We make a lot of noise about fair competition and the unfairness of doping, hormonal treatments or other chemical advantages, but let’s consider the issue from another perspective:
If tomorrow the world were threatened by a significant event, such as an asteroid impact, supervolcano eruption, or – dare I say it – confrontation with extraterrestrials, what version of human would we want to confront that danger with? The fully optimized, chemically altered superman a la Lance Armstrong, or the ‘fair play’ human with whatever natural balance of fast-twitch muscle or endorphins evolution has gifted him or her with?
This is a serious question, because it gets at the heart of the whole doping conflict. If you think you’d prefer mankind’s chances with the unaltered version, you’re either delusional or (at best) suggesting there’s something in our natural imperfection that would better qualify us for survival.
I’ll get back to the latter point later. First, a word on natural selection, our planet, and our universe: the forces that created us are also trying to kill us. More precisely, the apparent statistical anomaly of intelligent life in the Universe suggests strongly that a) the odds against our coming into existence in the first place are astronomical and b) that the odds of our continued existence are hardly better. So before there is talk of ‘mother nature/natural selection knows best’, consider that mother nature could care less about intelligent life, here or anywhere. In other words, when considering our survival, we need all the help we can get, natural or chemical.
Now, to get back to the idea of the inherent advantages of not tampering with our genetics or conditioning – this is an argument born out of the imperfections of the current state of doping / steroid treatments. It is indubitably true that looking like Barry Bonds or Arnold Schwarzenegger is not a unilateral advantage, and that anabolic steroids in particular have a number of unfortunate and unhappy side effects. But at the same time – as the cycling circuit is now proving – it is possible to look quite small, in fact, and still possess extraordinary aerobic and/or anaerobic fitness. Further, it should be pointed out that ‘natural’ weight training and dietary improvements, which have succeeded in pushing human development far beyond even the farthest bounds of previous standards of size, weight, and strength – these are scientific improvements just as much as the ‘illegal’ chemical treatments, and they also have significant physiological drawbacks (overtraining, resulting in muscle tears / shin splints / premature aging of joints etc.). And yet few people decry them as dead ends in the evolution of human development. As a result, while current chemical methods may be flawed, these are flaws that must be worked out in further development and not in avoiding the topic completely.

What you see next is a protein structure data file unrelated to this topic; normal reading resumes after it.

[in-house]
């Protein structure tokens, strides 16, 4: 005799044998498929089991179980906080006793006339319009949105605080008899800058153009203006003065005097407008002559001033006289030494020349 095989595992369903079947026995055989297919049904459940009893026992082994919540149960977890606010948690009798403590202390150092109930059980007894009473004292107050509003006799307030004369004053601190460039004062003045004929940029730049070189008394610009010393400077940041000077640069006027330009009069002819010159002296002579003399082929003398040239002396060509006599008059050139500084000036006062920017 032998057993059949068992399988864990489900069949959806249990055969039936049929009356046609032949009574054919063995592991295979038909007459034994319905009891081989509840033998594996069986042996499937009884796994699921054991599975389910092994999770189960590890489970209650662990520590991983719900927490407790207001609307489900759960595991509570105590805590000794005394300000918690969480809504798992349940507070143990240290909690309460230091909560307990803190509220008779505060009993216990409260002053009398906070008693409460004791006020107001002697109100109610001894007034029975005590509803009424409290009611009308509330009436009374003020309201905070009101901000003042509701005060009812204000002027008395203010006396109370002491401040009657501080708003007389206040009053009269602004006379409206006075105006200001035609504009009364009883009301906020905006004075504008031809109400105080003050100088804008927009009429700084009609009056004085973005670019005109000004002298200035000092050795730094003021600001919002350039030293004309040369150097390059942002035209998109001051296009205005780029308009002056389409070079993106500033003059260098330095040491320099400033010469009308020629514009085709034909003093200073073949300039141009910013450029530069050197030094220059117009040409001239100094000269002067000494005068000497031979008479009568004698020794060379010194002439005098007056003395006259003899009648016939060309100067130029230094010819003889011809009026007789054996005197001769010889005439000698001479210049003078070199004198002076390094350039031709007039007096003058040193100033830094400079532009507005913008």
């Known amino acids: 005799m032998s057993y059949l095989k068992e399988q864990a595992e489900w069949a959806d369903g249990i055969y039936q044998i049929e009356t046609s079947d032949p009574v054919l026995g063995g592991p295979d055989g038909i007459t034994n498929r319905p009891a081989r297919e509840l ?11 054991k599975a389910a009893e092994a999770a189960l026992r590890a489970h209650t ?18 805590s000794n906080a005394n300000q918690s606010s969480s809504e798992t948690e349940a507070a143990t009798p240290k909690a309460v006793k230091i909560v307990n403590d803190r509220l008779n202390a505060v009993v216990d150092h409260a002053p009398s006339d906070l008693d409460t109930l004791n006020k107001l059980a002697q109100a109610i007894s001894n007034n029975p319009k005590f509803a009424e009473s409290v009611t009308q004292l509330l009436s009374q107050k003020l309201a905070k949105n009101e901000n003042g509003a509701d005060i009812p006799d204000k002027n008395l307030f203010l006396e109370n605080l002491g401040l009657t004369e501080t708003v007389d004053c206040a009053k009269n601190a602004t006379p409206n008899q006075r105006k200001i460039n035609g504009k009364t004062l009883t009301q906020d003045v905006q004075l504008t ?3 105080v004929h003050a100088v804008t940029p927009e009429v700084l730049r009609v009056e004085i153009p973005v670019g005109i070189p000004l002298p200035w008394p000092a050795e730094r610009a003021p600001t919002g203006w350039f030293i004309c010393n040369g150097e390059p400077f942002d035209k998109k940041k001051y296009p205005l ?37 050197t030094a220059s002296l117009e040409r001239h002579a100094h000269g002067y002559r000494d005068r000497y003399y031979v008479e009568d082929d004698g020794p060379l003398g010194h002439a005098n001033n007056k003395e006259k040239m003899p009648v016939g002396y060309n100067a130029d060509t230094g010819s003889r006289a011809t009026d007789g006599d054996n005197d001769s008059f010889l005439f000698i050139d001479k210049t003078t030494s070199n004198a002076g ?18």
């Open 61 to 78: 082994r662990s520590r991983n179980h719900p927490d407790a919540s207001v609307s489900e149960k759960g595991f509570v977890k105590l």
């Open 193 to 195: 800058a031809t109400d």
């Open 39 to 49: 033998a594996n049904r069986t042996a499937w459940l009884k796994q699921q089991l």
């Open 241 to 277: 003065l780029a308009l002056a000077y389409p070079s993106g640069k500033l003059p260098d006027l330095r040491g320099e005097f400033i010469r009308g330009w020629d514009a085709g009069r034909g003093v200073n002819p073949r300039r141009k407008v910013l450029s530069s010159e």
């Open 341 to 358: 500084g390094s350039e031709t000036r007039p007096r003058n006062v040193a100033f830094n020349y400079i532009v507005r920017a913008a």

Further, the hazards and challenges that space travel presents – in terms of muscle atrophication and the difficulty of maintaining basic fitness – suggest that extraordinary solutions must be created and deployed in order to allow the exploration of our system (and perhaps eventually beyond). Fundamentally, it seems at present unlikely that we, in our current form, could make it far off this planet, and as numerous philosophers and astronomers have pointed out, this more than likely means extinction, perhaps sooner rather than later.
Finally, while I am a huge sports fan and completely understand the impetus to deride artificial performance enhancement as ‘cheating’ (which it is, under current rules, and which creates inequalities between richer and poorer athletes), it is worth noting that, at some point in the future when we are all eternally young, good-looking, and well-muscled, we just might owe a significant debt of gratitude to the Lance Armstrong and Barry Bonds of the 2000s; after all, they were willing – albeit for significant financial gain – to be guinea pigs when the technologies in question were far from proven, and far from safe. This is not to say that these technologies should not be carefully watched and controlled (a major cause of the conflict in Hard Drop, after all, is caused by irresponsible experimentation in this area), but it is to say that we should not – perhaps even must not – shelve the conversation.